Engaging business in schools through corporate partnerships and other programs brings new resources to support school innovation and capability and reduces the isolation from which many school suffer"
As we have found with our Universities, Julie Bishop is using the thin end of the wedge argument to get private funding for public schools to replace the government funding which has been diverted to church schools.
The corporate sponsorship proposal must be defeated. DOGS congratulate the Federal AEU for rejecting it. Their News Release is well worth your consideration: www.aeufederal.org.au. Media Release 6 June 2007 "Schools Funding is a Government Responsibility". In particular, they note that:
"Corporate sponsorship of our schools will lead to a compromised education system and further inequity between schools"
"We also urge caution in regard to the Minister's proposal for 'charter schools' established by particular industries which would then influence what was taught."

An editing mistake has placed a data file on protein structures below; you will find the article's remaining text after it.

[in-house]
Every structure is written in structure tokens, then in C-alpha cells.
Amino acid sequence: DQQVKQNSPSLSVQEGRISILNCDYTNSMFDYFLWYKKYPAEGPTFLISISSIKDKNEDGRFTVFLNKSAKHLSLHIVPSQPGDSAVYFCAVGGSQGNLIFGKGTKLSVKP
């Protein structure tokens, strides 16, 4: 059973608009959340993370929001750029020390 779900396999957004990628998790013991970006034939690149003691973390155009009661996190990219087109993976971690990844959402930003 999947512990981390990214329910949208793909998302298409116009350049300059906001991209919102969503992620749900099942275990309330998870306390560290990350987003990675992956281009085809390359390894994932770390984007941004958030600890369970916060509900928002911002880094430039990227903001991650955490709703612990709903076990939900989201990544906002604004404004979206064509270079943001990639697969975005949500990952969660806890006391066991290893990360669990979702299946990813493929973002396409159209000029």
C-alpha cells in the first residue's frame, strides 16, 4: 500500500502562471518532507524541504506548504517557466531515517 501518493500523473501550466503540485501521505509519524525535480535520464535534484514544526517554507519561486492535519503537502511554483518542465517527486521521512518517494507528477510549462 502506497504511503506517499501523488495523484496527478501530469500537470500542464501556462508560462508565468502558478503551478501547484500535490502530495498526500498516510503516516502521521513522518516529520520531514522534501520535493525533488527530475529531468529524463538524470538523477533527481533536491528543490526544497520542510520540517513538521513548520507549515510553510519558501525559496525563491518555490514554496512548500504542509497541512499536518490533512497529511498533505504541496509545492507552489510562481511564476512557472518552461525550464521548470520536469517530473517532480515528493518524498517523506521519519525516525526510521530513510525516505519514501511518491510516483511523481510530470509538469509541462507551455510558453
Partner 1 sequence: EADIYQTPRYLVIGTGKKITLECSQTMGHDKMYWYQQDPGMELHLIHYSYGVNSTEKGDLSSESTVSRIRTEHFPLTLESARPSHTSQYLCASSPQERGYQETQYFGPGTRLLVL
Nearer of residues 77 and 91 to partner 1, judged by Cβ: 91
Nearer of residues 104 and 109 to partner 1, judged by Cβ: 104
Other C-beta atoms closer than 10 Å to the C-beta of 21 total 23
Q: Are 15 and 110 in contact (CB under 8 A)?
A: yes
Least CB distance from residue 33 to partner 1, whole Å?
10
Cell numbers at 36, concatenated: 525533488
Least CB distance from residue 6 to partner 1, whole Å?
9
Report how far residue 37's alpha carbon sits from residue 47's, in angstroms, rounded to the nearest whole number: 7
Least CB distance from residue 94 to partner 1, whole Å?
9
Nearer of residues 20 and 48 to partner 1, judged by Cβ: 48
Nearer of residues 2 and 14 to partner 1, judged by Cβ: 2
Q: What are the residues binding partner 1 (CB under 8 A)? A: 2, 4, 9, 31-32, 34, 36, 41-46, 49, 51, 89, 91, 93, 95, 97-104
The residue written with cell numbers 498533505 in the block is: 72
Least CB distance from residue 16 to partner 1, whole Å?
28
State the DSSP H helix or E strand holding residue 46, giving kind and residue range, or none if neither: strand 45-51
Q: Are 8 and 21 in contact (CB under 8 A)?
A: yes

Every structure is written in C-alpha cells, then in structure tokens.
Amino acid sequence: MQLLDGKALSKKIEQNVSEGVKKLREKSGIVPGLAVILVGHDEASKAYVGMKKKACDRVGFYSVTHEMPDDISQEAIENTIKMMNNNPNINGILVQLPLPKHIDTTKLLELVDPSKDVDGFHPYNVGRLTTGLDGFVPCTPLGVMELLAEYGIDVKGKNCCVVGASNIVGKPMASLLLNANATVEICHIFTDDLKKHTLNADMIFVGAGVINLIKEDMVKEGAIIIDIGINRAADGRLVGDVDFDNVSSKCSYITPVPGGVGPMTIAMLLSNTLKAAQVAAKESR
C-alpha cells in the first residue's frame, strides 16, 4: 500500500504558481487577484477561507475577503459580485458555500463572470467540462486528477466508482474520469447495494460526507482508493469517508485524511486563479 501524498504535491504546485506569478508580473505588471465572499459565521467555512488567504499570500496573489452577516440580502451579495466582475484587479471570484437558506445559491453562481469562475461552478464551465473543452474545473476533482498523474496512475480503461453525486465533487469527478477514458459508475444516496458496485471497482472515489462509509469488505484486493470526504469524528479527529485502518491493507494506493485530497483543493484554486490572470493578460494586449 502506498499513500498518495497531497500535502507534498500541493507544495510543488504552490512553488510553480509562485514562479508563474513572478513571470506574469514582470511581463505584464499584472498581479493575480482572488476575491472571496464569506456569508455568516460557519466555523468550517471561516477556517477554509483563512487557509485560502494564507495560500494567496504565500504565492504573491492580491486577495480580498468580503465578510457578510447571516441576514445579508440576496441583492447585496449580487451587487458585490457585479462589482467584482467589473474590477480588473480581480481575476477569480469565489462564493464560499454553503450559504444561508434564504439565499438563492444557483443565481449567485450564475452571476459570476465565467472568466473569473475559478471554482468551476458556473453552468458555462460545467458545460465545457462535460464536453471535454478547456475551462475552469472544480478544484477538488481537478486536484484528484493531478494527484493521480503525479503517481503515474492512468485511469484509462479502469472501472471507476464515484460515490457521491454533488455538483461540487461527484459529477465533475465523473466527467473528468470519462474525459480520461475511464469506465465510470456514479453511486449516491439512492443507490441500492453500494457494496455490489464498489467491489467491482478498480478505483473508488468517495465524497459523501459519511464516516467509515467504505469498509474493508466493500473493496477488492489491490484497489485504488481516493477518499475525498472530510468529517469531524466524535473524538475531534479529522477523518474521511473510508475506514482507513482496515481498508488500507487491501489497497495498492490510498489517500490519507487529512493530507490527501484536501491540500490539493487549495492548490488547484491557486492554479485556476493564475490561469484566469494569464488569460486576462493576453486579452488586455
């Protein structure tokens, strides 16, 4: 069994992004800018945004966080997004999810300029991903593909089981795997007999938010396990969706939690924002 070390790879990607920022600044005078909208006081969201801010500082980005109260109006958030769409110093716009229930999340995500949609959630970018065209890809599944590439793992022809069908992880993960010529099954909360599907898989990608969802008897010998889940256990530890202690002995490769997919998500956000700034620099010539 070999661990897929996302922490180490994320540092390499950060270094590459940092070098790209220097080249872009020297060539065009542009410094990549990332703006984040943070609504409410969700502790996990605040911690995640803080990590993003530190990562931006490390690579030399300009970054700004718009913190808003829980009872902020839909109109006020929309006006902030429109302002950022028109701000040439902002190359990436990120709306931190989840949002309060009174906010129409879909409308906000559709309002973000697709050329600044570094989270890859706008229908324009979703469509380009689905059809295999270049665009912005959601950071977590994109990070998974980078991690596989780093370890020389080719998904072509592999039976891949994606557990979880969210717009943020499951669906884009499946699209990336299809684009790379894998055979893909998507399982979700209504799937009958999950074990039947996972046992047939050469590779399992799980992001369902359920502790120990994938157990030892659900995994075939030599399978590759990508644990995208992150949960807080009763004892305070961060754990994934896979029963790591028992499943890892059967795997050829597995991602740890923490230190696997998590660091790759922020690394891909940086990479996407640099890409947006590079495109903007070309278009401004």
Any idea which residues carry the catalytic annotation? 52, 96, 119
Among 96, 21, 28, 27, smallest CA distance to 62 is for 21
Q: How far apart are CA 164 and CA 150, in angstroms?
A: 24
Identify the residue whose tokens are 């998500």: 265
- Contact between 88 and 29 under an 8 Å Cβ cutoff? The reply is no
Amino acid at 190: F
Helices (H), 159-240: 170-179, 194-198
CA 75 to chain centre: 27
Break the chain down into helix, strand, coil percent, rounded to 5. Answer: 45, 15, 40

Julie Bishop makes the outrageous claim that "It is beyond the capability of government to adequately resource schools">
This is a statement of political will, not reality. Either the Howard Government is prepared to educate the children this nation or it is not prepared to do so. Parents, Teachers and Students should call the bluff immediately and tell Howard and his Minister for Education that if they are not prepared to do their job then they should resign.
How can any current Federal Government of this country declare that it is beyond any one Government to properly resources schools when Australia has an $11 billion budget surplus?
Instead of cutting personal and company income rates taxes should be either constant or increased. Both Federal and State government should stop slashing business and corporate taxes and expect them to contribute to the common good of this nation. Education should be free, secular, compulsory, universal and public in every sense of that word.
In a speech to the Schools Business Dialogue set up by the Federal Government, Ms Bishop proposed a national system of work experience for students, questioned why principals needed to be former teachers and raised the option of public/private partnerships to build schools.
Public/Private partnerships have not worked in the United Kingdom. Why should Australia insist on repeating their mistakes?
FOR FURTHER INFORMATION
LISTEN TO THE DOGS RADIO PROGRAM
3CR 855 ON THE AM DIAL
12.30 p.m. ON Saturdays.
If you have a message for supporters of public education:
Ray Nilsen on
(03) 9326 9277 or (03) 9329 8483
P.O. BOX 4869
Melbourne Victoria Australia 3001
Or complete our feedback form.
|Last modified:Thursday, 07 June 2007|